Music » Local Licks

Local Licks

This week we review B.F. Egypt, Art Elliot, David Ginsberg, and Megan Keely.

by

comment

B.F. Egypt, Esophagus Sarcophagus

David Lee definitely went it alone on this album, perhaps with a little too much creative control. The result? Ten bizarrely unstructured surf-rock tracks with nonsensical lyrics (and occasional cackling). Under the moniker B.F. Egypt, Lee handles the guitar, drums, keyboards, songwriting, production, and vocals. Most songs are mumbled, and sound more like impromptu thoughts than pre-written scripts. (Birth Mark Records)

Art Elliot, Earth Abides EP

I regret ever having compared Bart Davenport to Barry Manilow. That honor actually belongs to Art Elliot, a wheedly-voiced Oakland artist who specializes in piano ballads with dystopian themes. Consider the title track of his new EP, which includes the lyric The elders knew what they had done/Sold us into extinction/I'm the only one. Ouch. Rest assured that it also has a rather glorious string section. This album might have gone over better if the world really was about to end. Oh — wait. (self-released)

Megan Keely, Acorn Collection.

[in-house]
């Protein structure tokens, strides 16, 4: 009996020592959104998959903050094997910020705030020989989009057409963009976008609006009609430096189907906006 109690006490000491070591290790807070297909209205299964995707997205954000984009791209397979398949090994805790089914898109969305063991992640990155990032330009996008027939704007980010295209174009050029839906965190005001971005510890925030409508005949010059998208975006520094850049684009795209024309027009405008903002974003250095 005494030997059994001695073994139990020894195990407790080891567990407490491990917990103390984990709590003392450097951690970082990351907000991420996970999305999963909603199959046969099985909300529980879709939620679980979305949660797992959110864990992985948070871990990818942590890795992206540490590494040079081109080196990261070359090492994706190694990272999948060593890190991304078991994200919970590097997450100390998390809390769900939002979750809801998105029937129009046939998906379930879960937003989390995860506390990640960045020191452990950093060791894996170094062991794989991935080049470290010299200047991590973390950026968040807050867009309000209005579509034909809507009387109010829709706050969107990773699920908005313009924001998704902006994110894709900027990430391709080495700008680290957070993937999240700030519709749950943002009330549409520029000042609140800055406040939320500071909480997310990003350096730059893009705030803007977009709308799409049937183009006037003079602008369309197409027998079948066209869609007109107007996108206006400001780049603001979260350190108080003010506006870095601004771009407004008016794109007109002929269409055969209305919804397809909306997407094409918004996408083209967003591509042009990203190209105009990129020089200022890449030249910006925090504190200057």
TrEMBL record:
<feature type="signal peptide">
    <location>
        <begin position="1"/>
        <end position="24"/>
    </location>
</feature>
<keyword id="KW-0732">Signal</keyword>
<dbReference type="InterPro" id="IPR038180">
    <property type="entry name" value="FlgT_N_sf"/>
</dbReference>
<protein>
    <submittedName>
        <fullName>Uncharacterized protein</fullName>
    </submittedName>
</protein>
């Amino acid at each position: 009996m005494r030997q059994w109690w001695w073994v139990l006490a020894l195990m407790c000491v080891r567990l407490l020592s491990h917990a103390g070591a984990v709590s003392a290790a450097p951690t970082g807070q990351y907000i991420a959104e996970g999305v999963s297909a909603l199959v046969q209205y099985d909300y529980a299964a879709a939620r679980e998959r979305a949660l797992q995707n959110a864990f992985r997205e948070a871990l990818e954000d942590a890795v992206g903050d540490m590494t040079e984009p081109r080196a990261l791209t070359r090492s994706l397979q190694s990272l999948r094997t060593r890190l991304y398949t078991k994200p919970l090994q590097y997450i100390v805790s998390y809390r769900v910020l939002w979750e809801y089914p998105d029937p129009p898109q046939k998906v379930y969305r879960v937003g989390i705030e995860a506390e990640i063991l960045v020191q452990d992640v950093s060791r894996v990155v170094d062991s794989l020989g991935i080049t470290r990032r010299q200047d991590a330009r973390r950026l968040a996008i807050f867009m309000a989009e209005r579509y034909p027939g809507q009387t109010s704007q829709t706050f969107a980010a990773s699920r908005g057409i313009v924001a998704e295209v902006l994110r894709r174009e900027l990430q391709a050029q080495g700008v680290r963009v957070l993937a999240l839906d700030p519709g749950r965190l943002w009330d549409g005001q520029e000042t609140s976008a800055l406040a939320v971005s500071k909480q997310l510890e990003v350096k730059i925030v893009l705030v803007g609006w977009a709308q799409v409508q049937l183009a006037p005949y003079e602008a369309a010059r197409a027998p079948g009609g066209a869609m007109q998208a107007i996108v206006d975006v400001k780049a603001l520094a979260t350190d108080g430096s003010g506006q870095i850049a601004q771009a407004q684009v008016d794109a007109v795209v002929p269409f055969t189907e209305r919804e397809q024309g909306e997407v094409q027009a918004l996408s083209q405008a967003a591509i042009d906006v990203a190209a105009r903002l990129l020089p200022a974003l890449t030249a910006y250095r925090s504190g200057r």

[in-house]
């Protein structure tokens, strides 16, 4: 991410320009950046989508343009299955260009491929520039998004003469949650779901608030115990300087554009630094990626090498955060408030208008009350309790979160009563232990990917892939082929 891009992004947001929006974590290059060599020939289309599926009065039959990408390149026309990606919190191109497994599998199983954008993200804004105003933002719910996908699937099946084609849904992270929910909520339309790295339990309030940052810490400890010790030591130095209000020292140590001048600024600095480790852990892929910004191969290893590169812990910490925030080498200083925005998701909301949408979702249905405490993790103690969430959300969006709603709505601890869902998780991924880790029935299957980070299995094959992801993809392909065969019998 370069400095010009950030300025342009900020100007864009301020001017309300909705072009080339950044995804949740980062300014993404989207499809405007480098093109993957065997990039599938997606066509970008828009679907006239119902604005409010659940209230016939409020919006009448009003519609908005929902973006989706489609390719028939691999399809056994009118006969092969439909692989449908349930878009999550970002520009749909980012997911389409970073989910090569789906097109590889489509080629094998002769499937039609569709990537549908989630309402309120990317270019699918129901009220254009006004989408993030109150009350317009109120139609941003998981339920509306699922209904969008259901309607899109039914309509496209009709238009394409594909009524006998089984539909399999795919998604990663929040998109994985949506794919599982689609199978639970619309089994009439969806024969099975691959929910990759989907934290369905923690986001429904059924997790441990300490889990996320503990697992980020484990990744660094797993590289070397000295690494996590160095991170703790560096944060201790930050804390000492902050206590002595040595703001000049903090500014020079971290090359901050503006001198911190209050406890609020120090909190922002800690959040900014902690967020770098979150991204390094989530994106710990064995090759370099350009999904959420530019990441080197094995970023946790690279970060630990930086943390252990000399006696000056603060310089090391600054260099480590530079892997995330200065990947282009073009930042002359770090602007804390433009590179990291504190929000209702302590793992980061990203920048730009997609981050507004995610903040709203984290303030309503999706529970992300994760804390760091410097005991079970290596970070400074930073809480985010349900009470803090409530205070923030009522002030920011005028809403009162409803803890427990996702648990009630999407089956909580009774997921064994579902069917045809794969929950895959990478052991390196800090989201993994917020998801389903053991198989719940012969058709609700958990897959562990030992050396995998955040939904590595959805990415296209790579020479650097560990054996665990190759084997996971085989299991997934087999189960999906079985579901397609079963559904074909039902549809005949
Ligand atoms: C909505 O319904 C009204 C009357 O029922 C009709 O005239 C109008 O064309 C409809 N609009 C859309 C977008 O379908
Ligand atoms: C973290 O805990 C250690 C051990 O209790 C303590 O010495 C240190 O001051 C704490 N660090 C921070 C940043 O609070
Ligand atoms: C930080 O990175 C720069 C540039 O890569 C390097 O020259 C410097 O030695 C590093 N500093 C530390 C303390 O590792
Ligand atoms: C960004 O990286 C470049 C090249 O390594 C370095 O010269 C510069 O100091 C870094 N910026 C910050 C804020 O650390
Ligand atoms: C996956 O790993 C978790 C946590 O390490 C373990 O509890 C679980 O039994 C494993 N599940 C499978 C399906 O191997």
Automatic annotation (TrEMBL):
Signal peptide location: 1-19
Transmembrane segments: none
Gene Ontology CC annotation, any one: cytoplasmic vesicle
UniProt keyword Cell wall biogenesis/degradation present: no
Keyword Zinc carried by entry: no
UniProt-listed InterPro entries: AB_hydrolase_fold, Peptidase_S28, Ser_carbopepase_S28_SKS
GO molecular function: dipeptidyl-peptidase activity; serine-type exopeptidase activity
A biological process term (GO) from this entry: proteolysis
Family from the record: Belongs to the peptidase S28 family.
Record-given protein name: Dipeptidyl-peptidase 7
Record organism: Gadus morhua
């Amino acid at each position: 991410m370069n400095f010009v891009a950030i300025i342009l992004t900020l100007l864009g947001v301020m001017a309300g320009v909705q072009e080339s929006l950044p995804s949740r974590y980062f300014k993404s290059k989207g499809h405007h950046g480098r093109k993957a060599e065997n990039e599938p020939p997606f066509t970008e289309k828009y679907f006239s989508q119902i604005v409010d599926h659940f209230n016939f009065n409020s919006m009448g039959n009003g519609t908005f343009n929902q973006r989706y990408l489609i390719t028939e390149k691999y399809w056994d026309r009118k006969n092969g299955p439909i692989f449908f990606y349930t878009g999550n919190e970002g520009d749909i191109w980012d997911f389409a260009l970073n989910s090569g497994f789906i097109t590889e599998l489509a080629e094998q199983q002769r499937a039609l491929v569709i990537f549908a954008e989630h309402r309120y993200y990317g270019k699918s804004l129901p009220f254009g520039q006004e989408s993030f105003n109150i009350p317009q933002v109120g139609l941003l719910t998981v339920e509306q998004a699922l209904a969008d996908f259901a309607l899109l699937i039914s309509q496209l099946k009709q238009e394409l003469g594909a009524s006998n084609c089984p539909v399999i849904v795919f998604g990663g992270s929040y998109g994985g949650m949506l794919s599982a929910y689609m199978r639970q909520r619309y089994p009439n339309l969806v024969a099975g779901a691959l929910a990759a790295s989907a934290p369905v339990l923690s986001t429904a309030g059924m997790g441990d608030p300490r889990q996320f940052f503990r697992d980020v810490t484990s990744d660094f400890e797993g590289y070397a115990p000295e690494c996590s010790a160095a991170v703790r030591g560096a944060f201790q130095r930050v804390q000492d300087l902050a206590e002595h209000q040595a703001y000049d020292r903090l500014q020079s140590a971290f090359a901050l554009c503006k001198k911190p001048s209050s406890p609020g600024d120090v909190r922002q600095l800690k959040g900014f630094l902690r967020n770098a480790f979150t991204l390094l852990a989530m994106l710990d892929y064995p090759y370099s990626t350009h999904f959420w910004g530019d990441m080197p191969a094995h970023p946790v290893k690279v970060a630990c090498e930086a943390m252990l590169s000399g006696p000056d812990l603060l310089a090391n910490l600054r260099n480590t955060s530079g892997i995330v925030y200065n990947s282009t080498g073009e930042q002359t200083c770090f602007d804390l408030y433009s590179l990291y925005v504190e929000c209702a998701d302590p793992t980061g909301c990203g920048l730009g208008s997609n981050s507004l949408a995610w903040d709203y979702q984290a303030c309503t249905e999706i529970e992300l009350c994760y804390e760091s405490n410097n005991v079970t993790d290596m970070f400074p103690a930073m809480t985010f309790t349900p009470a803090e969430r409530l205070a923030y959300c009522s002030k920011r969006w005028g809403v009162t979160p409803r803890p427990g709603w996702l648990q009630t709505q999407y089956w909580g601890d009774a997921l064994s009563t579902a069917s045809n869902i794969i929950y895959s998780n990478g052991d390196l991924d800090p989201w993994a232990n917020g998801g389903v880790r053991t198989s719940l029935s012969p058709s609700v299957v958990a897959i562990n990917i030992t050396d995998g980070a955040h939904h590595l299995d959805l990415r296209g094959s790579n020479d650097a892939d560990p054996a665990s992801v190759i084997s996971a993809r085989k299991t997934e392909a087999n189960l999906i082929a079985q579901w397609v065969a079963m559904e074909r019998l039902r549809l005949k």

Earnest, liquid-eyed Megan Keely is clearly someone to look out for. Check out her live show if you're able, but if not, this eight-song artifact should suffice. Buoyed by potent songwriting and choice orchestrations, it's a phenomenal piece of work. Most songs are old-timey, gypsy-jazz love ballads. "Gepetto's Song" is a folk tune-turned-chorale. "Daydream Ditty" features some nimble dialogue on trumpet and kazoo. (self-released)

David Ginsberg, Tribute.

This year's Jazzschool pick of the week is another lost gem from 1980, featuring a seven-piece combo with David Ginsberg leading on trumpet. He does five originals and an agile rendition of Clifford Brown's "Sandu." The leadoff track, "Eye to Eye," is a fast-paced scorcher in which the two saxophonists (Bishop Norman Williams on alto and David Schnitter on tenor) supply equally elaborate solos, if only to keep the energy up after Ginsberg's flamboyant entrance. (Jazzschool Records)

Add a comment

Anonymous and pseudonymous comments will be removed.